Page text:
Since we've had the Terras with us, we haven't had any problems with the supply of spare parts and everything was delivered quite normally and easily. I wasn't afraid to do it myself either. With a good 100,000km on both motorcycles, we were rare guests at our former dealer around the corner, that shows excellent quality, doesn't it? To be precise, I had to buy two new brake lines and two license plate holders. I was able to get everything else from the clutch, steering head bearing, wheel bearing, water pump and other wearing parts myself on the Internet. We are fortunate that many BMW parts fit our Husqvarnas and for this I downloaded an Excel spreadsheet from the Husqvarna forum, where all the parts are listed and from which BMW model they fit. So I can order the clutch, water pump, charge controller, idle controller and all the seals with a BMW part number, for example. The same with wearing parts: oil filter, air filter, chain ring, pinion gear, brakes, bearings, all BMW parts. It could get tight if a camshaft breaks, an engine overhaul with pistons and piston rings is imminent, or gearbox problems, or what always haunts me in my nightmares, when the EWS (electronic immobilizer) goes nuts, it could get very tight. But even then I remain relaxed. Every now and then there is a Terra/Strada for slaughter on offer. So I was able to get a Kahedo seat and a complete fuel pump assembly and store it for bad times. If the engine were beyond repair due to missing parts, I would simply plant a used engine. And if it's really bad, I'll make a good one out of two bad ones and drive until I'm a hundred years old :)

Despite all the known problems, would we buy the same motorcycles again? Definitely yes! 

What about our other vehicles?

Here I will list what we installed on our Suzuki Bandit and on our Mercedes bus. I will also list what I did on the Suzuki Dr600 although it is no longer in our fleet.


Suzuki GSF 600s Bandits

The Bandit used to be our favorite bike, no wonder it was our only bike. We really liked it and didn't want a bigger or newer bike, she was perfect for us. Only today it is not moved so often because we have developed a taste for gravel. It doesn't matter, she's still with us and we still like the Bandit. I plan to do some tours in Central Europe with her. At the moment I have dismantled the pannier rack, but if I go on tour then the following will be included: top case holder from Givi, pannier rack from Givi, plastic cases from Givi, a large top case for two helmets, a pannier and a large tank bag. On the handlebars is a Garmin GPS mount, a mobile phone holder from X-Ram Mounts, a USB socket from Louis. In addition, the motorcycle is 30mm higher at the rear, has a fender extension and LED turn signals at the front and two HT pipes I built at the back for tools and chain spray. I have repaired a few things on the engine such as new pistons and rings, camshafts and rocker arms. Despite 96,000km, the bike is in good condition and ready for a tour. Some work is still planned: removing a bit of rust on the frame, some threads on the engine cover have to be made, a fork service, new clutch, LED fog lights, oil temperature gauge, a touring screen and possibly a lithium battery.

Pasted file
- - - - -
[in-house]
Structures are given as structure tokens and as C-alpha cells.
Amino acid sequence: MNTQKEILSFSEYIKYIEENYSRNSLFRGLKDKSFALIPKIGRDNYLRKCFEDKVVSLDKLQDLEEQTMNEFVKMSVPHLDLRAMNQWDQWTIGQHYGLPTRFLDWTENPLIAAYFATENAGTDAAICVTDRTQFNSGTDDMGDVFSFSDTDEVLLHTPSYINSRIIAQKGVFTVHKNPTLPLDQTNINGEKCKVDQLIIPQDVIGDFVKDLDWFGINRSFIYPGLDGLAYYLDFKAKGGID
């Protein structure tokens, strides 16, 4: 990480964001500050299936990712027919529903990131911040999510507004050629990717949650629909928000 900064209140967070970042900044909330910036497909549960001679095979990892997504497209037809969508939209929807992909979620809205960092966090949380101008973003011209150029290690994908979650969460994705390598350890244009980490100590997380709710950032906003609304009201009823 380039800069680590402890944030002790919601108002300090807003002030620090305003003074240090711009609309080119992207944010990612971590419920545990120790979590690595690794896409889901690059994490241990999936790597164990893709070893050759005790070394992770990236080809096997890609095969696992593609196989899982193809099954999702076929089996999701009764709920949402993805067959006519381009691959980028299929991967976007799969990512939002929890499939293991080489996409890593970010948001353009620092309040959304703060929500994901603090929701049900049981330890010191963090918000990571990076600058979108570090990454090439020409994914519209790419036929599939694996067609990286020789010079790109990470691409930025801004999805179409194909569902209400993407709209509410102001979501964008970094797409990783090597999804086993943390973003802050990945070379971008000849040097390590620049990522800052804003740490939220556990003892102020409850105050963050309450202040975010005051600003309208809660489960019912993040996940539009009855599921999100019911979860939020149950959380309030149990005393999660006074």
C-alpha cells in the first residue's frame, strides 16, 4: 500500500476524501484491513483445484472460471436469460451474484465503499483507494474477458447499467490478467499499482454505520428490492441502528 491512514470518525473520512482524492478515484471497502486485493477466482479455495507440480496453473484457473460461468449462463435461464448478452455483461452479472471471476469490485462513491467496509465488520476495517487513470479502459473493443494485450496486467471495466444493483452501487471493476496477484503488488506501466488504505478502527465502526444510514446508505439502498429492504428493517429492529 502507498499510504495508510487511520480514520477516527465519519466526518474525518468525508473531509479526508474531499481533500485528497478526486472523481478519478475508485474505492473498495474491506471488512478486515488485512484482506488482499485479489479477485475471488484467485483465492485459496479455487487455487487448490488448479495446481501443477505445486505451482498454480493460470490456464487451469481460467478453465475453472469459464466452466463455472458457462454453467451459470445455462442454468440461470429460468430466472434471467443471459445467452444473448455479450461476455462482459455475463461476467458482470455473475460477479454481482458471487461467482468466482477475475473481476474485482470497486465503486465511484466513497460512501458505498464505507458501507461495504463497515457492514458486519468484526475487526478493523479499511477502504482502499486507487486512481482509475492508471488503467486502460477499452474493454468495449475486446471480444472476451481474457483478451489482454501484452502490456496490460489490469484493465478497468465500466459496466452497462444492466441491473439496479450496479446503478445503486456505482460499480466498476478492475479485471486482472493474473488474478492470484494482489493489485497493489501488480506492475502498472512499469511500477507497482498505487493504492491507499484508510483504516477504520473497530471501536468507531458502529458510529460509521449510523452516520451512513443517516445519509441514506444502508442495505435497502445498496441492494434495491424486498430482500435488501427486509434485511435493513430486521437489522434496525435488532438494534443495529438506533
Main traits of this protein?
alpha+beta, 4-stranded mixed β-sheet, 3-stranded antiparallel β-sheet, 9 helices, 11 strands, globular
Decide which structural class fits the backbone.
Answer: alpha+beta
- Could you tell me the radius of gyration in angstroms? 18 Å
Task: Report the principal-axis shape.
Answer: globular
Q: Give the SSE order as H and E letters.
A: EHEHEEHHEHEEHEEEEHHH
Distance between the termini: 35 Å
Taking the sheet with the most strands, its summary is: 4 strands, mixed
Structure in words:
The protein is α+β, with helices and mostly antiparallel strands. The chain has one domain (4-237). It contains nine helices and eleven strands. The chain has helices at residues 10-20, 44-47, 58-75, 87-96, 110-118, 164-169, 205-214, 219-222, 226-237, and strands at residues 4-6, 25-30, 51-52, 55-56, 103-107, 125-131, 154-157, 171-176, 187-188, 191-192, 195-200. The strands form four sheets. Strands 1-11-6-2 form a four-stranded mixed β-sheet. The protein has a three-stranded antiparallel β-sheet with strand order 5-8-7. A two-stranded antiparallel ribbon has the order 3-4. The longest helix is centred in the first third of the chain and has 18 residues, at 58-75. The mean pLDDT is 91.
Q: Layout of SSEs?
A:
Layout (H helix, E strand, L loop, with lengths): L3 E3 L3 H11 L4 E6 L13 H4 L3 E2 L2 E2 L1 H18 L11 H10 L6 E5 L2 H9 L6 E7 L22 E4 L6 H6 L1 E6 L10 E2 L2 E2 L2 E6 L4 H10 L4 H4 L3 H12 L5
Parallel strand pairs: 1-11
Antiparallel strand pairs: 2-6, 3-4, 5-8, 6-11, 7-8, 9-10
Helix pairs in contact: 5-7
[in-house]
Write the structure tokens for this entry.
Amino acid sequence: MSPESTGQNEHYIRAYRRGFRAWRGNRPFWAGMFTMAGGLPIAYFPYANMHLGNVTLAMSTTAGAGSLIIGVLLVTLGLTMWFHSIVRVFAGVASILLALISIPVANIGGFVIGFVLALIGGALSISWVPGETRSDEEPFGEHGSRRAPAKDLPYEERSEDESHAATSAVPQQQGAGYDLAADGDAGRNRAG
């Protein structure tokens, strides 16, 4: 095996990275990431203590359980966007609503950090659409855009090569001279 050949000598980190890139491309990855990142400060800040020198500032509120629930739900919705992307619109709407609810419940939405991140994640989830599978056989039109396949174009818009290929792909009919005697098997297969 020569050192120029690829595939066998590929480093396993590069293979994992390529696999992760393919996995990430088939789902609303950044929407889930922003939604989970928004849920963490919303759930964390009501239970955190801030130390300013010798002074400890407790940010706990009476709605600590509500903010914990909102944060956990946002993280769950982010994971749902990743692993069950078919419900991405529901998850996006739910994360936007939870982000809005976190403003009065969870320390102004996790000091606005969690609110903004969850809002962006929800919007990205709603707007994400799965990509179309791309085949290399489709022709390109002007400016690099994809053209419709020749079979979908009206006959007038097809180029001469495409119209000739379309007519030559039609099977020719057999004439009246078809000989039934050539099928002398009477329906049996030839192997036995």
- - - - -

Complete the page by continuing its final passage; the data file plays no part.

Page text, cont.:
Suzuki DR600s

The DR was a fun moped. I bought them when I didn't have a driver's license. I didn't know much about motorcycles at the time, my top priority was that it fit my budget. After almost ten years, when I had been on the road with the Bandit for a few years, I prepared it with the idea of having a second moped or just a fun moped for the terrain. I put a lot of effort into it. I completely re-equipped the carburetor, derusted the tank, welded and sealed it, sandblasted the swing arm and rocker arm and powder-coated it, sealed the fork, replaced the exhaust pipe, the brakes and the engine, repaired the gearbox and sealed the engine cover. I replaced the new battery, clutch cable, gas cables, new brake line, new speedometer cable and all hoses as well as the fuel tap. An engine protection and a different handlebar were already installed and I mounted handguards. Nevertheless, the motorcycle looked just as old and rancid and it was far from fit. A crack in the frame was found during a general inspection. Nevertheless, I didn't give up and I got another battle moped and wanted to change the frame and put the spare engine in storage. Unfortunately, the replacement frame was almost rusted through, so I finally gave up on the DR project. When we rode the DR, we really enjoyed it and so Susi was able to decide what type of motorcycle she wanted, because she was undecided before. The DR was light, slim and long legged and easy to manoeuvre, yet for many different reasons it couldn't stay with us. The main reason was no electric starter (that didn't work for Susi) and then the story with the frame, etc. When we already had the first Terra, there was no future for the DR. 

Suzuki DR.jpg

(Duba) Mercedes Benz Viano 4Matic     

The main reason we wanted our bus was to be able to be on the road in the cold, wet and, above all, long seasons. On our long trip to Mongolia, we came up with the idea of not only being on the road in summer, but also touring comfortably in winter. Since then we have only installed the most necessary things: an air heater, a 60A lithium second battery, charging booster, battery management system, USB sockets, carbon monoxide detector, fire extinguisher, a carpet and a folding mattress. The rest of the odds and ends, such as cooking utensils, warm clothing and food supplies, are actually almost the same as what we have with us on our motorcycle tours and fit into three Euroboxes, which we use as a table but also as a seat. We really don't need much, that's a good principle for us, both on motorcycle tours, bike tours and road trips with our Duba. In any case, the plan is to remove rust, buy a refrigerator, an auxiliary heater for the engine, a folding bed and the underbody and seal them. A dream would be a chassis lift with all-terrain wheels, an underride guard and a glass sunroof. We also have some plans for Duba and will report where we are headed when the time comes.   

Thank you for your interest

I will update this technical page over time and possibly add pictures with the current status. If you have any questions about motorcycle technology or anything else, feel free to contact us or just write a comment. Take care and best regards.